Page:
After making a massive comeback, scientists warn that the Eurasian beaver threatens ecosystems across the continent.
The Eurasian beaver was nearly extinct by the dawn of the 20th century, and conservation efforts and new laws regulating the trade of furs have ushered in a new era of beaver productivity across the continent. According to a press release from the American Chemical Society, however, bringing back the beavers may have led to some unintended consequences for modern-day Europe.
In a recent report in the journal Environmental Science & Technology, scientists revealed that beavers setting up new dams and colonies on rivers have caused levels of toxic methylmercury to skyrocket, even if temporarily.
In the 1800s, beavers played a large role in what would eventually become the global economy. Fur traders traveled far and wide with their prized beaver hides, and as a result, populations dwindled to dangerously low levels. At one point, during the peak of beaver fur demand, the population of Eurasian beavers on the continent of Europe was no more than 1,200 individuals.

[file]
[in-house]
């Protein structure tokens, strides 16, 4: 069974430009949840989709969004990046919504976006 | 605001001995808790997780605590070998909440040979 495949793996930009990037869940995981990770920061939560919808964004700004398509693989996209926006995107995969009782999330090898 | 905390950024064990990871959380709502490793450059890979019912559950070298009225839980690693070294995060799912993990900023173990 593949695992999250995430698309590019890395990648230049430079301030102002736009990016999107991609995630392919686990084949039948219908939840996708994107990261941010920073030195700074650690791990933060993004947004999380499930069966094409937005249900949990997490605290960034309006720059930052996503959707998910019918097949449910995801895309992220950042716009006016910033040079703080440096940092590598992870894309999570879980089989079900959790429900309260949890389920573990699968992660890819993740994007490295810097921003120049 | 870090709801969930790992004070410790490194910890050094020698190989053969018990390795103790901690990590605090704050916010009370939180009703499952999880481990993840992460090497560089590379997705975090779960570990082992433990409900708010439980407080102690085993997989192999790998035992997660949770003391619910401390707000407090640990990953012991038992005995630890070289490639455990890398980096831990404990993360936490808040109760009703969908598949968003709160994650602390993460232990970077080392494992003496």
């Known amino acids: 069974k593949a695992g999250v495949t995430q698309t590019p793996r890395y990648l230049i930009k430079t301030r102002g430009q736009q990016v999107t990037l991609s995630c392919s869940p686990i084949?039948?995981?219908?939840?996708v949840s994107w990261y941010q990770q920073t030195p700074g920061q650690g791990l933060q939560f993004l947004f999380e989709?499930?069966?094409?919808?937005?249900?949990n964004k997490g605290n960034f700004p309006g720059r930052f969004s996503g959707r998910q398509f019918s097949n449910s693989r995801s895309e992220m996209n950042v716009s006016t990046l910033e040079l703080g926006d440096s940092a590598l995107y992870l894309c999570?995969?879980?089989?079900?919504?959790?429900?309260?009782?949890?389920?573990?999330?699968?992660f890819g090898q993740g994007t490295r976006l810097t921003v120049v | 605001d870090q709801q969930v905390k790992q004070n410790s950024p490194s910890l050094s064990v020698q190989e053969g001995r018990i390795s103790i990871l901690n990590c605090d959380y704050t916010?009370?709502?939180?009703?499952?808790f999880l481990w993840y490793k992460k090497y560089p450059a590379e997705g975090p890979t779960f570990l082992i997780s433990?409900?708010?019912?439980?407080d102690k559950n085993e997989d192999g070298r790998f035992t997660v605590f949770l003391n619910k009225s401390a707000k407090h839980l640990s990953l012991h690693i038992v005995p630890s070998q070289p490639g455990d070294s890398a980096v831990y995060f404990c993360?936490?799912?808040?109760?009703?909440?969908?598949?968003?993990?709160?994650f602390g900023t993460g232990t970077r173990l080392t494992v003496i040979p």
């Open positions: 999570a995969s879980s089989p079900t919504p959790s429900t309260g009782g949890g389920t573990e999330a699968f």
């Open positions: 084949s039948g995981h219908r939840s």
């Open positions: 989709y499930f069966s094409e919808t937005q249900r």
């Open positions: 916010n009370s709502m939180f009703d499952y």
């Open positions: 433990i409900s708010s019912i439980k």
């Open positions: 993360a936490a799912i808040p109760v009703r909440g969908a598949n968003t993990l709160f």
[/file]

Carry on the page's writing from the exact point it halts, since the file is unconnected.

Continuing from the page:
Now, in Sweden alone, there are more than 130,000 beavers, and a network of new dams to go with them. The beaver dams are quite a sight to behold, but they have been found to negatively affect the chemistry of the water in the rivers.
Methylmercury, converted from regular mercury, forms as beaver dams alter the sediments, water flow, dissolved oxygen concentration and temperature of the water.
Over a two-year study period, researchers sampled water downstream from 12 new beaver dams and found that methylmercury levels were 3.5 times higher than the water upstream.